them over to young or not. they bickered about the process of holding elections in a territory. they argued about it recently -- babette rather unwisely took issue with young's conduct of such matters and by the end of the meeting, brigham young unloaded his fury on babbitt. this is what he said. if you interfere with any of my dissertation in the election, it will be the last time. now i don't want to hear you say this is not right and that is not right. you are nothing but a stinking politician. i know more about sound questions in doctrine and law then you. i am not willing to suffer to be interrupted. you are rotten now was gentileism and the lord only knows what. as i despise the gates of hell, you ought to say that mormonism is my comptroller. my governorship and everything else is to bow down to mormonism. it would not have been really all that remarkable for brigham young to have browbeaten a fellow church member who was perhaps not acting in the church's best interest but young had a larger purpose in mind. he delivered this harangue in the presence of the territory's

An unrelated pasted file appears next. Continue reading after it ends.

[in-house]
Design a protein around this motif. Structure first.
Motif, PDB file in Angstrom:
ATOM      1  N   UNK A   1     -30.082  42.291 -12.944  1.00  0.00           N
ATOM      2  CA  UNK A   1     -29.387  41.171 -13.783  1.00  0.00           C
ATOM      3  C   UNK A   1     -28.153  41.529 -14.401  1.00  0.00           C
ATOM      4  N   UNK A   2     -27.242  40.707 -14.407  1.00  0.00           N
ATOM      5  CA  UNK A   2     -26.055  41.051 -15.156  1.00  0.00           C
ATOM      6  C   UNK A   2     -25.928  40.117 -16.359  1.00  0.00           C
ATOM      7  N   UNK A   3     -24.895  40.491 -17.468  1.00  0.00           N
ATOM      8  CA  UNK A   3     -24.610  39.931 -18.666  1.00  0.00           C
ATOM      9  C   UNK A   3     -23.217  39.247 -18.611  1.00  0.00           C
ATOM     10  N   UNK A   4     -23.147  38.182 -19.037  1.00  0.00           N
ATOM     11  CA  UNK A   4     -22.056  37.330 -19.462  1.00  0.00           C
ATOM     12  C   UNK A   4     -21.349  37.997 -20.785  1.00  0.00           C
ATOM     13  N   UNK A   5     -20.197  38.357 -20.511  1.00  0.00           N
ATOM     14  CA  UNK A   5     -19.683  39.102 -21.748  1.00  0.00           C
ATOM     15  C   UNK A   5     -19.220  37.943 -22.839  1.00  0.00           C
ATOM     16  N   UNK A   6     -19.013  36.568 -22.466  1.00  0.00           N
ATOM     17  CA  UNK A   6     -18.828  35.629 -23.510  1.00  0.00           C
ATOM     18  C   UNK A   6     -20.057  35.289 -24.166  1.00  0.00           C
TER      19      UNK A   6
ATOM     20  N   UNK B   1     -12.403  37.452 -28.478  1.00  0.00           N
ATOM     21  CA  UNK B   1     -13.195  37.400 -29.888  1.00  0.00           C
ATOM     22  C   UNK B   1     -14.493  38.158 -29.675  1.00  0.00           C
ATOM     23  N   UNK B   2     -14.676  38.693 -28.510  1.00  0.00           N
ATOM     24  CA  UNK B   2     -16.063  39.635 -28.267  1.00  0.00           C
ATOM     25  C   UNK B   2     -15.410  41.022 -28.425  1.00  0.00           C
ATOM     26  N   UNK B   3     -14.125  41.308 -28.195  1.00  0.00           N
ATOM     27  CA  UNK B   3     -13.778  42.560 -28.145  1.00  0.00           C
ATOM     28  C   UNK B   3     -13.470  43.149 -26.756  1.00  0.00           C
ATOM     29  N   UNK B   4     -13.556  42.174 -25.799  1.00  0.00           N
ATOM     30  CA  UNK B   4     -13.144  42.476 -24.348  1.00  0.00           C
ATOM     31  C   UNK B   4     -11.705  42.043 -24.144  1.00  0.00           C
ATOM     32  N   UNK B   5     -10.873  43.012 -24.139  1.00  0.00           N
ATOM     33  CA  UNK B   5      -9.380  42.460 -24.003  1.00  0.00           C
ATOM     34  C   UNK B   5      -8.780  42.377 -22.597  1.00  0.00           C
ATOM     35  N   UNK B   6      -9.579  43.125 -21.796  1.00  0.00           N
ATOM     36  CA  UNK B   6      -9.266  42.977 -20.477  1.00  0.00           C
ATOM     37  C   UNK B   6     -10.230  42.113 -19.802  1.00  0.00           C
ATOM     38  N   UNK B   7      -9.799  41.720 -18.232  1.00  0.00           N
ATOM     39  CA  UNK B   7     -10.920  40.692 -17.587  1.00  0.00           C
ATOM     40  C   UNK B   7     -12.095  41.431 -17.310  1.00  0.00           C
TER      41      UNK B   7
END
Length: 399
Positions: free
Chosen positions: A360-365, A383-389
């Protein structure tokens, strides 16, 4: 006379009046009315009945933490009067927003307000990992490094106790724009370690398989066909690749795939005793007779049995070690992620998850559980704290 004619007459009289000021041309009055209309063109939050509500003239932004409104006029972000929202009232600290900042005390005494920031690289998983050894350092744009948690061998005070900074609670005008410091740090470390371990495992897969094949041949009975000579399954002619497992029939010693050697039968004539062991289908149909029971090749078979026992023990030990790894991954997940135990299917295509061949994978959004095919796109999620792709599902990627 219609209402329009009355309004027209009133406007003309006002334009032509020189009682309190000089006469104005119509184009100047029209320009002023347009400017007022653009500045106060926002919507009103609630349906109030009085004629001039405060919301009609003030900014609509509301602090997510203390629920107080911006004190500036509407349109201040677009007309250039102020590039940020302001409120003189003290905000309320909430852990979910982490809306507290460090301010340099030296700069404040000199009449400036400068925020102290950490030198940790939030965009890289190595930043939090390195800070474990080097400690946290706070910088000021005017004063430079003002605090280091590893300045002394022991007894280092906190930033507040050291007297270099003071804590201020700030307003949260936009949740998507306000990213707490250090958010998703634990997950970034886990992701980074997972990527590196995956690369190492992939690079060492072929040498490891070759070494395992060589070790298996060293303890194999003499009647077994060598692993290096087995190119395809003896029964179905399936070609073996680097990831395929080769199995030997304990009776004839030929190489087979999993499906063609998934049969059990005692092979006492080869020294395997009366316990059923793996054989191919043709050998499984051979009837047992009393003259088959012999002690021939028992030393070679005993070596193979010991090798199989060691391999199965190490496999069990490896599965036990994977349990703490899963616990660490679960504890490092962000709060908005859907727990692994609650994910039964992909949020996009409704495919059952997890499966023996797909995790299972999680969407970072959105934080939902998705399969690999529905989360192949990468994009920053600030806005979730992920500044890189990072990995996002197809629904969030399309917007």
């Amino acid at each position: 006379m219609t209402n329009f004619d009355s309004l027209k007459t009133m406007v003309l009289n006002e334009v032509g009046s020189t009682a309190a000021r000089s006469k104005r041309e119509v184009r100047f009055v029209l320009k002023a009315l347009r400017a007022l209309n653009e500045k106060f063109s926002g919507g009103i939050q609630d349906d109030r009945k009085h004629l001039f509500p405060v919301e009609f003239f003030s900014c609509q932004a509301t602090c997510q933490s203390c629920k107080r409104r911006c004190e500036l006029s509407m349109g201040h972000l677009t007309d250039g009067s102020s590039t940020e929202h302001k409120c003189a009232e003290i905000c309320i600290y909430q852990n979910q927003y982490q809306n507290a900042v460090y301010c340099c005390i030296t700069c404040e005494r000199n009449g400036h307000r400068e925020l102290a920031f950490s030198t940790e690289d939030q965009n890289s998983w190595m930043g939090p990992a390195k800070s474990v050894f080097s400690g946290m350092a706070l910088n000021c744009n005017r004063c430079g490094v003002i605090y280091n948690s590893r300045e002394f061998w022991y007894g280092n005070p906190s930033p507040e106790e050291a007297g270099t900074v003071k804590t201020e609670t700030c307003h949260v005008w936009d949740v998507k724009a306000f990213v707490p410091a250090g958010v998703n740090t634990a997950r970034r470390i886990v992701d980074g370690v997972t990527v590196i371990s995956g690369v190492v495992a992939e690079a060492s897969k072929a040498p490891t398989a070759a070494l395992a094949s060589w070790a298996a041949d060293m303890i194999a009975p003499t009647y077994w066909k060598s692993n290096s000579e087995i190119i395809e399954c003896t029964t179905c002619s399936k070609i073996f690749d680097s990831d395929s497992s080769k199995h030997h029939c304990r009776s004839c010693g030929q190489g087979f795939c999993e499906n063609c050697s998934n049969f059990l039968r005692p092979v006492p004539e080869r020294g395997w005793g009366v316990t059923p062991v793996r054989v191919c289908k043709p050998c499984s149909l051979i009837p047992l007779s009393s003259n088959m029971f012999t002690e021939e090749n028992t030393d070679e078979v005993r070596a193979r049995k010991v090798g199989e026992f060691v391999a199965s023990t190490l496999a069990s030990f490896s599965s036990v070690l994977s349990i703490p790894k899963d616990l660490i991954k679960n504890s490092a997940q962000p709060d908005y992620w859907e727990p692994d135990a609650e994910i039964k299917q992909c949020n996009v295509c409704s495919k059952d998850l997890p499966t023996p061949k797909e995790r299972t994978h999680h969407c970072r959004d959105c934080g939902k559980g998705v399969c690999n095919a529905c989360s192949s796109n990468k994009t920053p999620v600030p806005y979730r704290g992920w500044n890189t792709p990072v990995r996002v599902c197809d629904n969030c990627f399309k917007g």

elected from 1964 to 2008 comes from a state of the sun belt. lyndon johnson, nixon from california, gerald ford was never elected so he doesn't count. jimmy carter, ronald reagan from california, the first george bush from texas, bill clinton from arkansas and the second bush from texas since 2008 is a watershed election. there were critical of the politics that the flood that came out of the sun belt. they tended to be oriented around issues of strong national defense of an opposition to the union and the defense of the free enterprise politics. and also it's in the sun belt in the south and the southwest that we see the rise by the 1970's to talk about is the religious right's involved in the political process in the new and important ways. so he was at the forefront of all of those issues and his own politics national defence, a staunch anti-communist that set an important goal in the right wing anticommunist politics in the 1960's one of the things that led the party is in 1964. even the early in his career he was a staunch advocate of the unions in south carolina back in the 3